Playtime in Maui

The condo has a cute little pool for me!

Walk walk splash splash bounce bounce

Nap time

We woke up just in time to see the sun dip behind Mauna Kahalawai, Maui’s other volcano

The wind would rip through everyday in the late afternoon until evening

The wind doesn’t stop us from firing up the bbq though

yummy

Since we’re on the topic of food, most of the week we stuck to the local foods that we love and we visited Costco a couple times for some good meats. Our lavishly indulgent meal of the week was at Nick’s Fishmarket in the Fairmont Kea Lani. I’m not a big food eat, but I know good food when I try it, and I only take pictures of food that earn my approval.

Ahi Tiger Eye Sushi with Sake Mustard Sauce

Grilled Hawaiian Opah with a Thai Red Curry-Coconut Sauce

Day Boat Catch – Red Snapper on Buckwheat Soba Noodles with Maui Pineapple Ponzu in Sizzling Peanut Oil

This was Jaden’s favorite: Smiling Original Goldfish Crackers served in a Hand-Carved Kona Honu (Turtle)

Of course, he didn’t want to eat any, he thought it was more fun to watch them fall on the floor.

While at the Fairmont, I noticed how the clouds opened up enough to let the sun’s rays shine through. Sweet! I picked up my camera and headed down to the beach

Alright, here is something I’ve never done before. I’m going to post some pictures from our little point and shoot elph camera. Now before you thrown your camera in the pool, keep in mind that we used a waterproof housing specially designed for our model camera (SD950). I know some people have been successful with the plastic ziplock bag method, but I can’t recommend it, esp in sea water where there is lots of sand and rocks.

I didn’t wear any contacts (Winnie did) or get the prescription goggles (I was being cheap), so everything past 4 feet looked blurry. How do you like the fluorescent yellow goggles? And I’m looking a little cross-eyed…

One of the most difficult things about underwater photography is getting a clear shot with good color, especially when you are near a beach, it’s windy, the waves are pounding, and the water is cloudy. Most amateur snorkelers will stay near shore by the beach because they are afraid to go too far out, which is perfectly okay. The problem is that the areas where snorkelers are most comfortable going is where the reef is most likely damaged and the water is very cloudy.

To see real live coral and fish, you need to head out to the rocks where the waves crash and bring nutrients in the water. If you’re a strong swimmer and an experienced diver, the shallow reefs near the rocks are teeming with life. If this scares you, go out another 50-100 feet and you will see lots of life below you. When we were out there, we only saw one other snorkeler, which made the waters less disturbed and I didn’t have to worry about slapping anyone with my fins.

In the photo below I swam up a little closer to the rocks to take a look at a school of fish hanging at the edge of the water.

One of the first things I noticed when we approached the reef were the numbers of fish on the sea floor. You know you’re heading in the right direction when you start seeing more life. These fish looked like they were sleeping on the bottom until I came down to disturb them. They reminded me of those Chinese paintings.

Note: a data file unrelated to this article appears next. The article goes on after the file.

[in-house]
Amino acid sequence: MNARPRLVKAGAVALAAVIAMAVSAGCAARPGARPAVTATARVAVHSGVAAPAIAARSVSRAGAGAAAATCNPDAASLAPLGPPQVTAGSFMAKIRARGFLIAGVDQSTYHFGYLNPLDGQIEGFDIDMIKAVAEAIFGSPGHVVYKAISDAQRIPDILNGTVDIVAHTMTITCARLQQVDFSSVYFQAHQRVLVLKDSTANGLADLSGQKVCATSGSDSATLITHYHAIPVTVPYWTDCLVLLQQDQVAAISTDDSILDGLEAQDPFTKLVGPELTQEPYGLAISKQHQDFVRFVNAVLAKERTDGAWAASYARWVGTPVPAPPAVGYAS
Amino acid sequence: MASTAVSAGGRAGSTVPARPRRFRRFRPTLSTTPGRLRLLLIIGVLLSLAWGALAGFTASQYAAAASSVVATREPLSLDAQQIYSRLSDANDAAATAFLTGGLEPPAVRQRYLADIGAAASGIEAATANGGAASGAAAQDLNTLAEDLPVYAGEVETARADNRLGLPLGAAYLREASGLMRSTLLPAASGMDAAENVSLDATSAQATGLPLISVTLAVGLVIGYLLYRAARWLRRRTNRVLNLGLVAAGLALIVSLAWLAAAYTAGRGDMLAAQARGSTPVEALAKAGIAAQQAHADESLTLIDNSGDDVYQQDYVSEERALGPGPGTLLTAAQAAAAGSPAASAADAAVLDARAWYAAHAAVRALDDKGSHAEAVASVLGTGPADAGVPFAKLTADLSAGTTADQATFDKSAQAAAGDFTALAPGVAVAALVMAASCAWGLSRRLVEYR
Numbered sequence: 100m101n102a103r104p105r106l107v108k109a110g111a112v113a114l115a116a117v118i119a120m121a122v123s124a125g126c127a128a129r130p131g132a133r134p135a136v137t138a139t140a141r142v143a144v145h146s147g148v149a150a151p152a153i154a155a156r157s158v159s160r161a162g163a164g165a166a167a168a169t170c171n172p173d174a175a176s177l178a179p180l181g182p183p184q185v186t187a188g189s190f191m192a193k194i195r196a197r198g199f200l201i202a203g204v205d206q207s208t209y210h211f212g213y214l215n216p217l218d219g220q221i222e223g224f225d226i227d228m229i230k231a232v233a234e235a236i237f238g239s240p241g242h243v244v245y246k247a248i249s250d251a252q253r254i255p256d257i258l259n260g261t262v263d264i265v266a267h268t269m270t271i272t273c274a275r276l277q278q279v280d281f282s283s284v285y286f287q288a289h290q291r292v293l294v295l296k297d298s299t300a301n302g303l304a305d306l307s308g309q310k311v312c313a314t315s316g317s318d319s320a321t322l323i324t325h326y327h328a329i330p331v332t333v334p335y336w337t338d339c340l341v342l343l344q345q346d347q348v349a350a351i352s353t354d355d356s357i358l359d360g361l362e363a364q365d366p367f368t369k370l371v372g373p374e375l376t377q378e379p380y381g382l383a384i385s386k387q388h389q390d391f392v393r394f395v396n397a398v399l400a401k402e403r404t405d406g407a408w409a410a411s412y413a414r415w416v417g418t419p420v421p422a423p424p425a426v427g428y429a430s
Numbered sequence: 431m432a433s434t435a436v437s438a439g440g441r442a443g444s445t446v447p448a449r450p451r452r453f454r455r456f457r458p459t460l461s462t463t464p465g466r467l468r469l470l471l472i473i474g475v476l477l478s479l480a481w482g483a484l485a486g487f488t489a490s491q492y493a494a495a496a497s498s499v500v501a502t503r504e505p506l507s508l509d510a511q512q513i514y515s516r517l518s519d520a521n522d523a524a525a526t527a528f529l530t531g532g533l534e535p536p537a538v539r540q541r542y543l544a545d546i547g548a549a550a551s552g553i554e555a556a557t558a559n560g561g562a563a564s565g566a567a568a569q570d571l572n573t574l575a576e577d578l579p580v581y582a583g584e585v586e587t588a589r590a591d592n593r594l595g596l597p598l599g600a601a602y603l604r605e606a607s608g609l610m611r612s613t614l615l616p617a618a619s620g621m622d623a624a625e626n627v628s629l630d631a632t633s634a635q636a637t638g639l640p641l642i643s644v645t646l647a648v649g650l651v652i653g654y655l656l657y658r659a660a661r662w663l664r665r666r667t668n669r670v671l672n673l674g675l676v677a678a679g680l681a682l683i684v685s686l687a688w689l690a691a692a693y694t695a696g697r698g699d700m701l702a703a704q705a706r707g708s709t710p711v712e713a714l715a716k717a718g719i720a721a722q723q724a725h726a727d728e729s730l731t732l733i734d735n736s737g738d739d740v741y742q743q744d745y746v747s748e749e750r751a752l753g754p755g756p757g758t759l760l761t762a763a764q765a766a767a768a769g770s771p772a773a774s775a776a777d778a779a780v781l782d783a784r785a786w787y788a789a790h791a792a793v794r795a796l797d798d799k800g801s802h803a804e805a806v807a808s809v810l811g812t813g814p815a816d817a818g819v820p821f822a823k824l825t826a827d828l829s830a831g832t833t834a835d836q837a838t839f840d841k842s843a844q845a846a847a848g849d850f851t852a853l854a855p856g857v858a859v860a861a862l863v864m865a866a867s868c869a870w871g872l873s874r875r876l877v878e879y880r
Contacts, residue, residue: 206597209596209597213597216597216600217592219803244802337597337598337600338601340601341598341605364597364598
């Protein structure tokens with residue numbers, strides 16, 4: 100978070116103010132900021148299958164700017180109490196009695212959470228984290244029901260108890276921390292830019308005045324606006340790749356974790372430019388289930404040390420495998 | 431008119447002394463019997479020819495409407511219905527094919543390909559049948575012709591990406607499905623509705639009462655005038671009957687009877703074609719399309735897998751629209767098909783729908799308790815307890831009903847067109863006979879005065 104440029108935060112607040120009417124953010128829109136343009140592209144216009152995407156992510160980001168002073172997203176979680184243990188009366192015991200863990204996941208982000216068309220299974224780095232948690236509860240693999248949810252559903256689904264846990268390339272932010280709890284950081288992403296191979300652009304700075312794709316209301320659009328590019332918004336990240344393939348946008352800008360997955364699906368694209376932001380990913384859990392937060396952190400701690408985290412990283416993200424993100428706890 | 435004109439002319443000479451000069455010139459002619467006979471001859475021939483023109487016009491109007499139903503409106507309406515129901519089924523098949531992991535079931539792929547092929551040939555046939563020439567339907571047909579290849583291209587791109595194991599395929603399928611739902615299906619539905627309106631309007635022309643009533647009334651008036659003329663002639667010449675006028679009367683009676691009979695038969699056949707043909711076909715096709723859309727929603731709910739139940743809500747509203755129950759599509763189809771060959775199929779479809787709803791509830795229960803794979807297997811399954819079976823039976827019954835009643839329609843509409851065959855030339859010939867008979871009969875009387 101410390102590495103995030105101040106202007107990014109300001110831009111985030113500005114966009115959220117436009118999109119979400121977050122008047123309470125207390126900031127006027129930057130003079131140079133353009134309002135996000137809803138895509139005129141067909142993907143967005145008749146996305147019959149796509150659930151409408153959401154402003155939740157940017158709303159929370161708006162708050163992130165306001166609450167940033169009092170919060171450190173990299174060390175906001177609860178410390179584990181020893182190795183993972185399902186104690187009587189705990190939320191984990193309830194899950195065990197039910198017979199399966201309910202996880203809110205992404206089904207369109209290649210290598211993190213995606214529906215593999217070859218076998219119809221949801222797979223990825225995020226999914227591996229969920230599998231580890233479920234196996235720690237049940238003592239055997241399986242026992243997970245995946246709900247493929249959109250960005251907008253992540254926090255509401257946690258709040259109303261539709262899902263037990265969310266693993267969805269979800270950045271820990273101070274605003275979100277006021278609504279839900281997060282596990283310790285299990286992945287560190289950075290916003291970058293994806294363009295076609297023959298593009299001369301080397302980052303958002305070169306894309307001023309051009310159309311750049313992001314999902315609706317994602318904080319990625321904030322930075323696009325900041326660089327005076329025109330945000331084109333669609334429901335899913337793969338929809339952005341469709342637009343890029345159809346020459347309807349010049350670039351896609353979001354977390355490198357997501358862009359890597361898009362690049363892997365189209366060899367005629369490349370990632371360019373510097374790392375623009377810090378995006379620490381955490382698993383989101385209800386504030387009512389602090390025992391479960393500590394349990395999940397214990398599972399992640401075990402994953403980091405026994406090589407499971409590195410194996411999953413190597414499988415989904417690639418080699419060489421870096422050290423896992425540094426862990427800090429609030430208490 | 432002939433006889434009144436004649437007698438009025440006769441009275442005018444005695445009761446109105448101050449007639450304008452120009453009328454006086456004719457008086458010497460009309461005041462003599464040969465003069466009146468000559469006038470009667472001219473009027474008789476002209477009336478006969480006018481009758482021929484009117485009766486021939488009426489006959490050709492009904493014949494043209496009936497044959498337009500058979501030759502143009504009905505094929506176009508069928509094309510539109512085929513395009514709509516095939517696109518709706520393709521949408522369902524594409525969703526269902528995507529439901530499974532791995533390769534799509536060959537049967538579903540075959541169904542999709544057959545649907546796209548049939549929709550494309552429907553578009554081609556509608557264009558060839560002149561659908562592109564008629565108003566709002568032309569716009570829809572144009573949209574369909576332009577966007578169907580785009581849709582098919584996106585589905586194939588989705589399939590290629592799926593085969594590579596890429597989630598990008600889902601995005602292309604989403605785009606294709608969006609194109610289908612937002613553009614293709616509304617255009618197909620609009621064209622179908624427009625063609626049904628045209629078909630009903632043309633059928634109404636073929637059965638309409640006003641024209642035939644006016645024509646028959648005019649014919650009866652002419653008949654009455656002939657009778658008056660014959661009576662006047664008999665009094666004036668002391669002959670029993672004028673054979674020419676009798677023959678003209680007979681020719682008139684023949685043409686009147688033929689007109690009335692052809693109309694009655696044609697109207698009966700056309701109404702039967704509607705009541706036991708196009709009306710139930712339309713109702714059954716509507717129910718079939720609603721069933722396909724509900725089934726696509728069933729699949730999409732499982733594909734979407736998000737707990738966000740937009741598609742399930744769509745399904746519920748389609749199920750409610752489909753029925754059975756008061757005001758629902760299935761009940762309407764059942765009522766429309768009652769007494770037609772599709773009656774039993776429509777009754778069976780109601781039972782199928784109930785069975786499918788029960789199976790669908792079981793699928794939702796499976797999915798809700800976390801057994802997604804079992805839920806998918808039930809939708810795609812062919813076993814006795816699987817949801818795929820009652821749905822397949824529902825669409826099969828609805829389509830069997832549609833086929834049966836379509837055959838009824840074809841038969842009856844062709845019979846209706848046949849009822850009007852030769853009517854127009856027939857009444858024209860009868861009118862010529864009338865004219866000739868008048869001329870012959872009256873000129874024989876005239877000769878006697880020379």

The real reason why I didn’t get the prescription goggles is because I didn’t want to look at everything from 10-20 feet away. I wanted to be down there, looking at all the coral and urchins and fish up close. The further away you are, the more water you have to look through, the cloudier and the blue-greener everything gets. The photo below is a perfect example of this. I just adjusted the brightness and contrast a little in Photoshop, but I did not do any color correction or masking (imagine masking all those edges around the urchins!). To take the picture, I zoomed as wide as possible (~35mm), came in close to the coral and red urchin, composed, and shot. It’s easy to see how rich and saturated the color is in the foreground, but the background is completely washed out.

The state fish, the humuhumunukunukuapuaa (also known as the Picasso triggerfish, but that’s no fun to pronounce) were everywhere, but very skittish. If you try making a move towards them they zip away. It took a few chases and a number of shots to get a decent picture of one.

The highlight of the snorkeling experience was seeing these sea turtles up close in their natural habitat. I’ve seen them before sleeping on the beach, but never in the ocean. We found this one chilling about 15-20 ft down on the coral.

These amazing creatures are so calm and relaxed as they glide through the water.

This guy let us follow him all over the place. He never went too deep for us to dive, and he always stayed within a certain area.

Bye bye!

We were waiting for our plane to arrive and I got bored. Vacations are always over too fast.

3

those are amazing pics underwater. next time i’m going snorkeling with you guys =P i love the turtle!!!!!!!

ahhh…..i love your hawaii pics! the food looks so yummy and the underwater pics turned out really good!

hahha love the second picture